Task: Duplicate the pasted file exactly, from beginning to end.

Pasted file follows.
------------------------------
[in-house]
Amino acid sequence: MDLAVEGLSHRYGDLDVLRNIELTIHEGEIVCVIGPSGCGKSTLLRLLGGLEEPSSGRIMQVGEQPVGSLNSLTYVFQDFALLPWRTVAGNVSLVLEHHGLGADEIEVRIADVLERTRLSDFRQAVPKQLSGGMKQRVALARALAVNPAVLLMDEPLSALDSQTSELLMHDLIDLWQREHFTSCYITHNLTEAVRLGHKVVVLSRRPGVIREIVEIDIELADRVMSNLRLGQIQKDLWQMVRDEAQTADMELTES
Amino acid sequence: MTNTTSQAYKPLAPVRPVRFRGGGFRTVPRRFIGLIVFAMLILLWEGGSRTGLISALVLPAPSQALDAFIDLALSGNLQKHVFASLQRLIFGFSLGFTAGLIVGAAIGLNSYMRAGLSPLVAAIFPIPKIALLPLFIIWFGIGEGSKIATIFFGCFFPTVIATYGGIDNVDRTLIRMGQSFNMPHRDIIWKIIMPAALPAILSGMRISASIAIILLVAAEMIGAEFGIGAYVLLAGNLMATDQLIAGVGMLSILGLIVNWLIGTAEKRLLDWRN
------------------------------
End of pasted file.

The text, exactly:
[in-house]
Amino acid sequence: MDLAVEGLSHRYGDLDVLRNIELTIHEGEIVCVIGPSGCGKSTLLRLLGGLEEPSSGRIMQVGEQPVGSLNSLTYVFQDFALLPWRTVAGNVSLVLEHHGLGADEIEVRIADVLERTRLSDFRQAVPKQLSGGMKQRVALARALAVNPAVLLMDEPLSALDSQTSELLMHDLIDLWQREHFTSCYITHNLTEAVRLGHKVVVLSRRPGVIREIVEIDIELADRVMSNLRLGQIQKDLWQMVRDEAQTADMELTES
Amino acid sequence: MTNTTSQAYKPLAPVRPVRFRGGGFRTVPRRFIGLIVFAMLILLWEGGSRTGLISALVLPAPSQALDAFIDLALSGNLQKHVFASLQRLIFGFSLGFTAGLIVGAAIGLNSYMRAGLSPLVAAIFPIPKIALLPLFIIWFGIGEGSKIATIFFGCFFPTVIATYGGIDNVDRTLIRMGQSFNMPHRDIIWKIIMPAALPAILSGMRISASIAIILLVAAEMIGAEFGIGAYVLLAGNLMATDQLIAGVGMLSILGLIVNWLIGTAEKRLLDWRN